Apart from government, Communist party and military officials, corporate executives from the energy sector have been the most frequent targets of the sweeping anti-corruption campaign.
The most senior leader to face formal corruption charges since the founding of the People's Republic in 1949 is former security tsar Zhou Yongkang, who rose through the ranks of state oil company China National Petroleum Corp and counted the energy sector as a key power base.
The probe into Mr Lu, who served on Bank of Beijing's board as a representative of Beijing Energy Investment Holding, may also be linked to Mr Zhou. Mr Lu was formerly chairman of Beijing Energy Investment, a major shareholder in Bank of Beijing. He had previously chaired a string of other energy companies. Mr Lu could not be reached for comment.
The turn towards the financial system also appears to be linked to probes into Mr Hu's former aide Ling Jihua and spymaster Ma Jian.
Founder Securities, China's ninth-largest brokerage by assets, said last month it had lost contact with chairman Lei Jie. A battle has raged in recent months between the brokerage's parent, technology and finance conglomerate Founder Group, and property developer Beijing Zenith Holdings.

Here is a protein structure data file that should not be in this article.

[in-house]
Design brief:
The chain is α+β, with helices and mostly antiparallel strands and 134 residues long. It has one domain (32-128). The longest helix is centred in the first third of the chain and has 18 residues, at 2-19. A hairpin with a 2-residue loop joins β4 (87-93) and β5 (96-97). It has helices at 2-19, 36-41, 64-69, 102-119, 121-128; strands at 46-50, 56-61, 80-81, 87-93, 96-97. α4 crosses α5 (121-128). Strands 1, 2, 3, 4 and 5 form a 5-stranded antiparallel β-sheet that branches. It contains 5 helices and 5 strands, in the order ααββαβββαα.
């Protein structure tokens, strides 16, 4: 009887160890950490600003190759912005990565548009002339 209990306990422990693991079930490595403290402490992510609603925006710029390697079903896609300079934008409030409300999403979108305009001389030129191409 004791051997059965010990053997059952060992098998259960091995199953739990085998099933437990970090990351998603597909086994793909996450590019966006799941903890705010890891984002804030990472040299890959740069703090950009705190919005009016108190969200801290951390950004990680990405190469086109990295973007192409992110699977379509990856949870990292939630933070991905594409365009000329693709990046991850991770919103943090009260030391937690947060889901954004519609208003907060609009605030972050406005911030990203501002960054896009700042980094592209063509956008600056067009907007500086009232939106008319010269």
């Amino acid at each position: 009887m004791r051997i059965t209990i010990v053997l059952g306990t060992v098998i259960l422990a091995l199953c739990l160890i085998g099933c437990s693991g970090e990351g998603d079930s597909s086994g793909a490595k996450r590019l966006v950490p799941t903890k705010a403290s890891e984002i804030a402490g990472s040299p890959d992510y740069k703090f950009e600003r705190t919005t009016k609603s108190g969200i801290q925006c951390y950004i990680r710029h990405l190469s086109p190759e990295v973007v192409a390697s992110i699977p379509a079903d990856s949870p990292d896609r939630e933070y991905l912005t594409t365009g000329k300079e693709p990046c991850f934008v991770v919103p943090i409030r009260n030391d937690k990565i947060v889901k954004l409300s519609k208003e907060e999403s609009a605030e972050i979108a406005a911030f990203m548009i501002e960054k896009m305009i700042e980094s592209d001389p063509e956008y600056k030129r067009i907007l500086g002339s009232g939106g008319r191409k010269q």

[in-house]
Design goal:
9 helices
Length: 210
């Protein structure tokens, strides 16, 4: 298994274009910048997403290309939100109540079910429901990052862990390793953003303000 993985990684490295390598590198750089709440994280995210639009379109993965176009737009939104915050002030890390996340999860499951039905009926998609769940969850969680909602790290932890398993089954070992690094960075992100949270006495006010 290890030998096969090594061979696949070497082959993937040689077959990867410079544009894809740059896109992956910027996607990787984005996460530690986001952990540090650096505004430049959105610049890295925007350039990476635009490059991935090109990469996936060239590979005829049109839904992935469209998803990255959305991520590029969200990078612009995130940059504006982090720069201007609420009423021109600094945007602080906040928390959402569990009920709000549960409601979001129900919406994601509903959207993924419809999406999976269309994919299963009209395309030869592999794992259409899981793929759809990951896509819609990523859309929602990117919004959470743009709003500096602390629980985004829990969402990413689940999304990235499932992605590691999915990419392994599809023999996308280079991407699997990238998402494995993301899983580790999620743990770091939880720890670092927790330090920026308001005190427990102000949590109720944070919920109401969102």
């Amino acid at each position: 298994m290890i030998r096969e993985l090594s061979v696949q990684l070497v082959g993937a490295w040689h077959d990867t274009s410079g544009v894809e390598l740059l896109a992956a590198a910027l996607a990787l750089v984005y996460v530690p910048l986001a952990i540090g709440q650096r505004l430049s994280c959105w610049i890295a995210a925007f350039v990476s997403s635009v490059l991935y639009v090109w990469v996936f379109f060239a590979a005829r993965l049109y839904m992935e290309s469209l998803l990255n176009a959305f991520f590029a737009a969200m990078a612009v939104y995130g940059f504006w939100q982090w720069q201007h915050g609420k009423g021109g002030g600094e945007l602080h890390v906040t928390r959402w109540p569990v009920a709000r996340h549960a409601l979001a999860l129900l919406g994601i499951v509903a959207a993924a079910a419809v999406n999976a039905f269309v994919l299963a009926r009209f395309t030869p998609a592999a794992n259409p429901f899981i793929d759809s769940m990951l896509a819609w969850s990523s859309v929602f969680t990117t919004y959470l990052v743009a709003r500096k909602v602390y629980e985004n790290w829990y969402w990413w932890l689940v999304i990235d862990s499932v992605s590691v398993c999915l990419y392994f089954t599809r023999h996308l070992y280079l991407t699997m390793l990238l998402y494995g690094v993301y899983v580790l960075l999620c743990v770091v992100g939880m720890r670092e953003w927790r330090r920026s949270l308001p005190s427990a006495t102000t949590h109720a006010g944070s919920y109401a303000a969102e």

Zenith said that Founder is linked to Mr Ling, while respected Chinese financial magazine Caixin quotes sources linking Zenith to Mr Ma.
In a series of postings on its official Weibo account, Zenith accused Founder Group executives of financial crimes including insider trading, market manipulation and illegally selling state assets.
Founder has denied the allegations. The disappearance of Mr Lei came days after the chairman and three top executives of Founder Group were ordered to co-operate with an official investigation and were replaced.